Las Vegas concert massacre toll reaches 59

Besides the 10 guns found in the hotel room, police discovered 18 firearms, explosives and thousands of rounds of ammunition at the residence in Mesquite

Photo courtesy: Twitter
Photo courtesy: Twitter


The death toll from the mass shooting at a Las Vegas country music concert has increased to 59, while 527 others were injured, police said.

Clark county Sheriff Joe Lombardo confirmed the latest casualty figures at a press conference on Monday night, reports Efe news

Stephen Paddock, 64, opened fire with automatic weapons on some 22,000 people at the Route 91 Harvest concert from the 32nd floor of the Mandalay Bay Resort and Casino on Sunday at around 10.30 p.m.

Paddock killed himself as special response team officers broke into the hotel room, police said.

Lombardo told the media that the investigation is concentrated on four locations: the hotel room; the concert venue; Paddock's home in Mesquite, Nevada, and another property in northern Nevada that also belonged to the shooter.

Besides the 10 guns found in the hotel room, police discovered 18 firearms, explosives and thousands of rounds of ammunition at the residence in Mesquite, a town 128 km north of Las Vegas.

Paddock also had ammonium nitrate, which can be used to make bombs, in his vehicle, the sheriff said.

Regarding the motive for the deadliest mass shooting in US history, Lombardo said that he could not “get into the mind of a psychopath”.

Paddock had not been flagged by any local, state or federal agency as a potential threat, the sheriff said.

The gunman's roommate, Marilou Danley, was initially identified by police as a person of interest in the case, but authorities later said they did not believe she was involved in the shooting.

Lombardo said his office had learned that Danley is abroad, “apparently in Tokyo”.

President Donald Trump discussed the massacre during a brief address delivered at the White House, saying “it was an act of pure evil”.

Trump said that he plans to travel to Las Vegas on Wednesday to meet with law enforcement personnel and relatives of the victims.

Paddock's brother, Eric, told US media outlets at his home in Central Florida that the shooting came as a complete surprise to him.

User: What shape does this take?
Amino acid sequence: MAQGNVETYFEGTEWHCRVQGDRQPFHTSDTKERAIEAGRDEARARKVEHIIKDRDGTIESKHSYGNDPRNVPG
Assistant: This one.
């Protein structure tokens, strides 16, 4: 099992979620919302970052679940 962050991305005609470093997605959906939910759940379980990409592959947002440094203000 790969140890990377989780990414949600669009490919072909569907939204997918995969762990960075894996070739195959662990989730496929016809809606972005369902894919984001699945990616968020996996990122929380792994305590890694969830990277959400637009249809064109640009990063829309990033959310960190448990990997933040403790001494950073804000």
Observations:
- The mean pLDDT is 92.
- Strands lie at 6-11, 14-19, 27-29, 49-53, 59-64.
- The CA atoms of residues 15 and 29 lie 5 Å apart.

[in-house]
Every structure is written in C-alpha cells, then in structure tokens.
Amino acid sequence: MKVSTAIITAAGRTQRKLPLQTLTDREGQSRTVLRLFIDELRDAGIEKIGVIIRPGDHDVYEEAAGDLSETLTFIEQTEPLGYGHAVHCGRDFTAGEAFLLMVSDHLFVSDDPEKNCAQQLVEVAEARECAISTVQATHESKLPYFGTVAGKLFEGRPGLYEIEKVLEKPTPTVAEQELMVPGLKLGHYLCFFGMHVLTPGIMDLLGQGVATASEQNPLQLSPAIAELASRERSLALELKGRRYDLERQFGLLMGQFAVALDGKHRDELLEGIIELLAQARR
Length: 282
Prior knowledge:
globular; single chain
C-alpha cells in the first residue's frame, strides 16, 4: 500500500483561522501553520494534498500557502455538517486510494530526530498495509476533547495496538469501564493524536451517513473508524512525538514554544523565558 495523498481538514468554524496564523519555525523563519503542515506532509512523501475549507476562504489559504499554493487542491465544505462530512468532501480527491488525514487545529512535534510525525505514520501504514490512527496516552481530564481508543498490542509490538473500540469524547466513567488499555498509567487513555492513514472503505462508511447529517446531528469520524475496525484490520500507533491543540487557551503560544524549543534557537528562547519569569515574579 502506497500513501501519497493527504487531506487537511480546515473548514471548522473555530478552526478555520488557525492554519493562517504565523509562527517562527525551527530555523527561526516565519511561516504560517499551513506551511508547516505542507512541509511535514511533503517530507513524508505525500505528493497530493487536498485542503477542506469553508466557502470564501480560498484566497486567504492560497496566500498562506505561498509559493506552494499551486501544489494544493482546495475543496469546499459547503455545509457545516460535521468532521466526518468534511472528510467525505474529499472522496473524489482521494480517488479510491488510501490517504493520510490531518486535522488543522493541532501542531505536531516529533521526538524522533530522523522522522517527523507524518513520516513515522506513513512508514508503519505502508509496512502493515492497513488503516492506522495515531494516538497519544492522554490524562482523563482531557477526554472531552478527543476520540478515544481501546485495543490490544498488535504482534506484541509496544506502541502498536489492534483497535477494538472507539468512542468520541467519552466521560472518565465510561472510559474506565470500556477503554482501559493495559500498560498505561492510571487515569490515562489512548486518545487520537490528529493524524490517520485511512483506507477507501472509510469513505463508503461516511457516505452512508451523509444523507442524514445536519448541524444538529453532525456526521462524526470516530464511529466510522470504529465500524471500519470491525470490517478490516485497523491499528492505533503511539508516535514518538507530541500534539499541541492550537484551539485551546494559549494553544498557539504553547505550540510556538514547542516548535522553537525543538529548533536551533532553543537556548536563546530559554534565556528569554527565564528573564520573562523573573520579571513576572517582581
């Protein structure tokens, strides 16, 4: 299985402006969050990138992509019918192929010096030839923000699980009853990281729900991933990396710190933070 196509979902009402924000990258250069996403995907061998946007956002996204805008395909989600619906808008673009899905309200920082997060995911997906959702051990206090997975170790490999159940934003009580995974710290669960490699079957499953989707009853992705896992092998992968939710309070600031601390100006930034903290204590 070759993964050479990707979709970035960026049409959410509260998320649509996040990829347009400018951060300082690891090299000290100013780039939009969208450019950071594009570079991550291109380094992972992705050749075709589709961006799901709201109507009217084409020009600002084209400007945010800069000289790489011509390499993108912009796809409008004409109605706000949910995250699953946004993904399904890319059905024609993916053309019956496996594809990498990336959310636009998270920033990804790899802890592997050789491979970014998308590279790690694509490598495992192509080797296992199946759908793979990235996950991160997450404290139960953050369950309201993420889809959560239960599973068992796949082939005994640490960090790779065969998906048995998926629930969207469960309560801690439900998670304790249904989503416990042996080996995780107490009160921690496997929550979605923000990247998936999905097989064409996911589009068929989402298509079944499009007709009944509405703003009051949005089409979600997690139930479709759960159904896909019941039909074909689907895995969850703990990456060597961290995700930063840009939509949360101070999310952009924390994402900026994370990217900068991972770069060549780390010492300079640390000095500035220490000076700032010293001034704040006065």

“I don't understand. It doesn't make sense,” Eric Paddock said.

Stephen Paddock lived in Melbourne, a city on Florida's east-central Space Coast, until 2015, officials said.

“There's nothing I can say. My brother did this. It's like he shot us. I couldn't be more dumbfounded,” Eric Paddock said.

Eric Paddock said he had not heard from his brother since last month, when Stephen texted him to see how the family had fared with hurricane Irma.

Hesaid that his and Stephen's father was Benjamin Hoskins Paddock, a career criminal and convicted bank robber.

The Federal Bureau of Investigation, meanwhile, said it could not find any links between Paddock and foreign terrorist organisations.

“We have determined, to this point, no connection with an international terrorist group,” an FBI spokesman said in a press conference in Las Vegas.

“As this investigation continues, we will continue to work with our partners to ensure that this is factually, thoroughly and absolutely investigated, to be able to bring comfort and peace back to this community.”

Earlier on Monday, the Islamic State (IS) terror group claimed responsibility.

IS said in a statement, whose authenticity has not been verified, that the gunman was “a soldier of the Islamic State”.

Sheriff Lombardo said that it would take time to identify all of the victims.

With inputs from NH Web Desk

Follow us on: Facebook, Twitter, Google News, Instagram 

Join our official telegram channel (@nationalherald) and stay updated with the latest headlines